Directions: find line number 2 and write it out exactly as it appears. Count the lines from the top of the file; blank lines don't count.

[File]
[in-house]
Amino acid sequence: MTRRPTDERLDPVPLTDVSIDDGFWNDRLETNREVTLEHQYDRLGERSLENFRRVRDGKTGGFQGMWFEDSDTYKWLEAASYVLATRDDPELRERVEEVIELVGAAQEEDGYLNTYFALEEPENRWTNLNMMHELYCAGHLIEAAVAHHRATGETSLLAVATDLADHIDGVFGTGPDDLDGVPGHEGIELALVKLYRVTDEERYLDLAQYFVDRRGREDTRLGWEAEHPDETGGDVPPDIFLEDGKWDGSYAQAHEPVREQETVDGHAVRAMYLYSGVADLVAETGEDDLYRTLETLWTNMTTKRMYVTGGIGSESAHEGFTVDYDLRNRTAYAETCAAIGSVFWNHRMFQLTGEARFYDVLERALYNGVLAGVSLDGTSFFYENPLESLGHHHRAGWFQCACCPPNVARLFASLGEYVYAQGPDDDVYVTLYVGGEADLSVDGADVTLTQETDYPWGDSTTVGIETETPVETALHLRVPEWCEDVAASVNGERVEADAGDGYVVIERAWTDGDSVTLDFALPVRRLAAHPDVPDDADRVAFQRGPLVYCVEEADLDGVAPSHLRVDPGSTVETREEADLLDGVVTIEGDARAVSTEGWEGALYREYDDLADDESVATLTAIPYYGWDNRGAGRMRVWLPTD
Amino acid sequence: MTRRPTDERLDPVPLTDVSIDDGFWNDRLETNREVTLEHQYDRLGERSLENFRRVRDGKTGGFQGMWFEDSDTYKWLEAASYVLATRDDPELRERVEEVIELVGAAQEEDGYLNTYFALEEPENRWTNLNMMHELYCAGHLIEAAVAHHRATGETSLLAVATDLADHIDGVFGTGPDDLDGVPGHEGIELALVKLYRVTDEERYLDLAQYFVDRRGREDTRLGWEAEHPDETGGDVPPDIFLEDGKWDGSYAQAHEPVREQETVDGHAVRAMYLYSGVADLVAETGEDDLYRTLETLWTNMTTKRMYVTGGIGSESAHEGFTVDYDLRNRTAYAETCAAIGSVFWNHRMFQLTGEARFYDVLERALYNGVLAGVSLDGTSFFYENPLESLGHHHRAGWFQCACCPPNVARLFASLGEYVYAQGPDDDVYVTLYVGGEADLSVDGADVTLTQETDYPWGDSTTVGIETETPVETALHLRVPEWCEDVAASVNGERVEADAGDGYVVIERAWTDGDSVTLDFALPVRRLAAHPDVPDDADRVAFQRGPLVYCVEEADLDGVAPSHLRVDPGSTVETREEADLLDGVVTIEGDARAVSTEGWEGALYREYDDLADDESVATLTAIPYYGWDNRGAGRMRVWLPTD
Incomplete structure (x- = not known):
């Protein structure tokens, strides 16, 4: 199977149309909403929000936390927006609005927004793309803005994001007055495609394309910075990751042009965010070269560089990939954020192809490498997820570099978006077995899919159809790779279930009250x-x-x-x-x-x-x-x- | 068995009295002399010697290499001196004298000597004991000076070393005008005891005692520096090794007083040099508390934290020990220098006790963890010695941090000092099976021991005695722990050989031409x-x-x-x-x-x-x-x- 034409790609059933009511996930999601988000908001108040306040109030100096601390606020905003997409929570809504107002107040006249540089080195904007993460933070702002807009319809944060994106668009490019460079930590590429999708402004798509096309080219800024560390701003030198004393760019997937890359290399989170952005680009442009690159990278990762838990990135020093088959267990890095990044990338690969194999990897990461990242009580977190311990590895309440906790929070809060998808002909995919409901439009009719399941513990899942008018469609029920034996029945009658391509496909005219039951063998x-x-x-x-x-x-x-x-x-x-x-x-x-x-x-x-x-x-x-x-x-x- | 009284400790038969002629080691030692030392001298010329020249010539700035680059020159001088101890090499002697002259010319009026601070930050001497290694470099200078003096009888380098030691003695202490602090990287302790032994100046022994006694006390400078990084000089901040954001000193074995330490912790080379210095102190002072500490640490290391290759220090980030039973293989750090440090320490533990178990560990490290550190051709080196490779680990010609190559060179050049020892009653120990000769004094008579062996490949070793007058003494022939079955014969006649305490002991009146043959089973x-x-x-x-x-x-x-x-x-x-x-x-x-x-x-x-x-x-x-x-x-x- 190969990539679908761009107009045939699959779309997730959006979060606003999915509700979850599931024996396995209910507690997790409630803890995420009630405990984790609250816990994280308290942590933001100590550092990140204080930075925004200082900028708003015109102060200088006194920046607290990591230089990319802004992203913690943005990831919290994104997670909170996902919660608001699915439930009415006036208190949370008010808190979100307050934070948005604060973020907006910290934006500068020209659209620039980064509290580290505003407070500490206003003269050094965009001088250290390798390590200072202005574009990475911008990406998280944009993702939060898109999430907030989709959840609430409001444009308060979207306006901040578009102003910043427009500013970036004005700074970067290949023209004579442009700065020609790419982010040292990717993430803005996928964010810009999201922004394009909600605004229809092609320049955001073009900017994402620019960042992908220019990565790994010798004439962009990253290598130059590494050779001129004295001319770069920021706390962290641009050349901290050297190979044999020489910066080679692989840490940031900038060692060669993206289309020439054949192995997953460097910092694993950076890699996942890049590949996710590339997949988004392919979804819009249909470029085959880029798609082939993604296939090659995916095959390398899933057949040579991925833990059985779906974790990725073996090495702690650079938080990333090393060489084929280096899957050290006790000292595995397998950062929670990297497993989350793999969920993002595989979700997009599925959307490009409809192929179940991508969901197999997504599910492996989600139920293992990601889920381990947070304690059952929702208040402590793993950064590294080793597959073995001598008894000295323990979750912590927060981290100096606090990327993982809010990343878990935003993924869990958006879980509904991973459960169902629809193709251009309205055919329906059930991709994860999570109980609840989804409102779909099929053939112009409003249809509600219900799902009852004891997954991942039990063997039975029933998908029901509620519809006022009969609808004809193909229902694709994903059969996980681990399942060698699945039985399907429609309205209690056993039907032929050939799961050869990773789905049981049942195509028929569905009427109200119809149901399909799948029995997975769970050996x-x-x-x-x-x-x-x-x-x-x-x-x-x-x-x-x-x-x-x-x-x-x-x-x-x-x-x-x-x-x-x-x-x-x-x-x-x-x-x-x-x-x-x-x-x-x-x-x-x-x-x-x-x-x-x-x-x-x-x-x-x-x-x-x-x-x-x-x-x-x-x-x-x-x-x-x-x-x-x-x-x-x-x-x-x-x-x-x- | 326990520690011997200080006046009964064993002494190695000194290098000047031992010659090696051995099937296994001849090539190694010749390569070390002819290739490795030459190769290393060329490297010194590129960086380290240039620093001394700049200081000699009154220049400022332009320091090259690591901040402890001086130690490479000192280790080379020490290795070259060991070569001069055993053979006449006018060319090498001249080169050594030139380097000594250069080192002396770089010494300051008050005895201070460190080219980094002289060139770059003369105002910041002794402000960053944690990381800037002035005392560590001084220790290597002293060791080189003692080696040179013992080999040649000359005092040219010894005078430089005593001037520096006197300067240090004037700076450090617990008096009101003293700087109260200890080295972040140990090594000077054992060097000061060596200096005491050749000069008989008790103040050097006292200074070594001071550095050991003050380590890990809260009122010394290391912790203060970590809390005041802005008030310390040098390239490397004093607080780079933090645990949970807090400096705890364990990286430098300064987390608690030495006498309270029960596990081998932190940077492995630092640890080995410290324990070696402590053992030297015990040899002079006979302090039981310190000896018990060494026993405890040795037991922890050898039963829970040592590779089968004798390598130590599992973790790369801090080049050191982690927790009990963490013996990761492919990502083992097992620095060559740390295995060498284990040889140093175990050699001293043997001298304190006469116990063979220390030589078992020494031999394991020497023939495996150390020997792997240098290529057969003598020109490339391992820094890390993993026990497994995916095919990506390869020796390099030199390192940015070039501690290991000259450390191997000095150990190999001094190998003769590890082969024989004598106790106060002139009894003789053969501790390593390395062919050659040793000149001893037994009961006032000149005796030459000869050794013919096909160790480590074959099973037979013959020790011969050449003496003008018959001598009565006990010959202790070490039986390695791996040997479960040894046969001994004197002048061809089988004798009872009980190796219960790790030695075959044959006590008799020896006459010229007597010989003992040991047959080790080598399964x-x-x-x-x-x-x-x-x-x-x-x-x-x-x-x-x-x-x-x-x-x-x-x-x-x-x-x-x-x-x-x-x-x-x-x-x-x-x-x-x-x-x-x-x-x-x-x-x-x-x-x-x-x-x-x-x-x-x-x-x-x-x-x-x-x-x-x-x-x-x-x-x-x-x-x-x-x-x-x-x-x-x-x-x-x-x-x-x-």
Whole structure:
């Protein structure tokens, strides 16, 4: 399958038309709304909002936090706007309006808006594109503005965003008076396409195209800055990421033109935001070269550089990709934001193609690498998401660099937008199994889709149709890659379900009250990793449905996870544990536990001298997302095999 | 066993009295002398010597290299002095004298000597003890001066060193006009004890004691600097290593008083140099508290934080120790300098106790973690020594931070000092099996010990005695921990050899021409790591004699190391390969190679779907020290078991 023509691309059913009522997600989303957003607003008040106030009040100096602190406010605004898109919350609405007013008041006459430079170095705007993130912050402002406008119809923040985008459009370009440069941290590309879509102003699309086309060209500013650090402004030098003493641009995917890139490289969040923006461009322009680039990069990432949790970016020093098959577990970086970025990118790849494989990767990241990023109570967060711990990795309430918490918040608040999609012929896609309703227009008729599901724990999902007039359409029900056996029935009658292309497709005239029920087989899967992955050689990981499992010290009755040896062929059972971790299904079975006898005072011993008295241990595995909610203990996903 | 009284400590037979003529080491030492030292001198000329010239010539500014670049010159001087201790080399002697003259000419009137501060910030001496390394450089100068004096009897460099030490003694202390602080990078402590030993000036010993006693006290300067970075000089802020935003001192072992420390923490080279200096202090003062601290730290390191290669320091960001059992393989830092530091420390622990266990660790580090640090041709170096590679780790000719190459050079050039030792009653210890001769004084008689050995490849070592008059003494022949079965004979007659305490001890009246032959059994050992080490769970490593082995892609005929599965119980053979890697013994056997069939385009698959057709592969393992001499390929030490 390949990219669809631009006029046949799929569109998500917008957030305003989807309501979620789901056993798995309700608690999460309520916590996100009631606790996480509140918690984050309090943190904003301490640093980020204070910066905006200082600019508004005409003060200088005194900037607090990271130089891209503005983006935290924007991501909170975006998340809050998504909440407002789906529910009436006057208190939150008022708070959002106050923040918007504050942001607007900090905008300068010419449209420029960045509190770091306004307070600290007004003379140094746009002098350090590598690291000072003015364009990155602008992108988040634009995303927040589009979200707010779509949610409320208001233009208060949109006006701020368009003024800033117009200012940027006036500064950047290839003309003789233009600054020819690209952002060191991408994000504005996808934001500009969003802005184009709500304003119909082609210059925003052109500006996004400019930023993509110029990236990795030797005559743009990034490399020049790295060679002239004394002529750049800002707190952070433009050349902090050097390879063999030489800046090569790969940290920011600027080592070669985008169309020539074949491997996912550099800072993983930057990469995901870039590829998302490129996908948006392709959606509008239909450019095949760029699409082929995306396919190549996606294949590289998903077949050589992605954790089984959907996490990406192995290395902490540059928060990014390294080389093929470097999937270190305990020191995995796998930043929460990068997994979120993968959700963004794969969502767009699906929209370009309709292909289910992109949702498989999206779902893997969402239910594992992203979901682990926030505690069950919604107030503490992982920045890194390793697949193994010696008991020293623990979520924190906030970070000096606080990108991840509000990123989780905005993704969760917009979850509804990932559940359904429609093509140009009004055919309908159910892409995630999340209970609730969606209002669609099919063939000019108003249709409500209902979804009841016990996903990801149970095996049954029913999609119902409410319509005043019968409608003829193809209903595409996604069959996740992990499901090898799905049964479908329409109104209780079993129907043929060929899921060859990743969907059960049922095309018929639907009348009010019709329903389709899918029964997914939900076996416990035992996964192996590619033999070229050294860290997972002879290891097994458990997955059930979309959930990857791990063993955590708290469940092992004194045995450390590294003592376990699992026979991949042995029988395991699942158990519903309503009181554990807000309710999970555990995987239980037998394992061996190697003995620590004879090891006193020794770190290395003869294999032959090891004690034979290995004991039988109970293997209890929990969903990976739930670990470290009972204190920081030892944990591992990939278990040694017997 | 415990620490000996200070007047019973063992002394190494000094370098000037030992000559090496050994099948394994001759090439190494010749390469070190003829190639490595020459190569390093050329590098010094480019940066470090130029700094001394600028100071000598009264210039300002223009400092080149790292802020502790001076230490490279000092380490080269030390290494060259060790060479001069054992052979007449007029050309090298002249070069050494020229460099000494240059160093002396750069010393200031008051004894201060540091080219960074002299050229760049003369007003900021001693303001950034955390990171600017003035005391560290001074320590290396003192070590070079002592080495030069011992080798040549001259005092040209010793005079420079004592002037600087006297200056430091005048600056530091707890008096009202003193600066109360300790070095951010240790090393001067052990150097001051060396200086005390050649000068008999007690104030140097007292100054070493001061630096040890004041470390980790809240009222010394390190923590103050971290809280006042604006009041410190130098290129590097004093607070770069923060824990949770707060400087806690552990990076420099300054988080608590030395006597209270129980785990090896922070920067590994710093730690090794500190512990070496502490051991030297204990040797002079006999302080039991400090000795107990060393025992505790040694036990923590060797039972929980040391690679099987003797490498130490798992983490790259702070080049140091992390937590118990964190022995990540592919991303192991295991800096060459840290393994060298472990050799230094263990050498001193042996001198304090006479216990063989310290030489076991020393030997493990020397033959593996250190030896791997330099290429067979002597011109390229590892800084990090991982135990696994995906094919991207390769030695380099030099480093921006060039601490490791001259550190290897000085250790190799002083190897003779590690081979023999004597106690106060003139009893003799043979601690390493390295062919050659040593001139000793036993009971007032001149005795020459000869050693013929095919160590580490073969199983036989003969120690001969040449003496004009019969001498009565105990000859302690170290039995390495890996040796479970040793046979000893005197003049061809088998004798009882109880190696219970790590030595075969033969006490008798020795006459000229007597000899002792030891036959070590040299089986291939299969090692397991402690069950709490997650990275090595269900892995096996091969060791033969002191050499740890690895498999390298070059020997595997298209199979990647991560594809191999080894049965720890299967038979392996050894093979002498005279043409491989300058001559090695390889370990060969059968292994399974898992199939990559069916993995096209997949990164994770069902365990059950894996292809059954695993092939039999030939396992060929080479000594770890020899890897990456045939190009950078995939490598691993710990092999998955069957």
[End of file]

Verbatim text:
Amino acid sequence: MTRRPTDERLDPVPLTDVSIDDGFWNDRLETNREVTLEHQYDRLGERSLENFRRVRDGKTGGFQGMWFEDSDTYKWLEAASYVLATRDDPELRERVEEVIELVGAAQEEDGYLNTYFALEEPENRWTNLNMMHELYCAGHLIEAAVAHHRATGETSLLAVATDLADHIDGVFGTGPDDLDGVPGHEGIELALVKLYRVTDEERYLDLAQYFVDRRGREDTRLGWEAEHPDETGGDVPPDIFLEDGKWDGSYAQAHEPVREQETVDGHAVRAMYLYSGVADLVAETGEDDLYRTLETLWTNMTTKRMYVTGGIGSESAHEGFTVDYDLRNRTAYAETCAAIGSVFWNHRMFQLTGEARFYDVLERALYNGVLAGVSLDGTSFFYENPLESLGHHHRAGWFQCACCPPNVARLFASLGEYVYAQGPDDDVYVTLYVGGEADLSVDGADVTLTQETDYPWGDSTTVGIETETPVETALHLRVPEWCEDVAASVNGERVEADAGDGYVVIERAWTDGDSVTLDFALPVRRLAAHPDVPDDADRVAFQRGPLVYCVEEADLDGVAPSHLRVDPGSTVETREEADLLDGVVTIEGDARAVSTEGWEGALYREYDDLADDESVATLTAIPYYGWDNRGAGRMRVWLPTD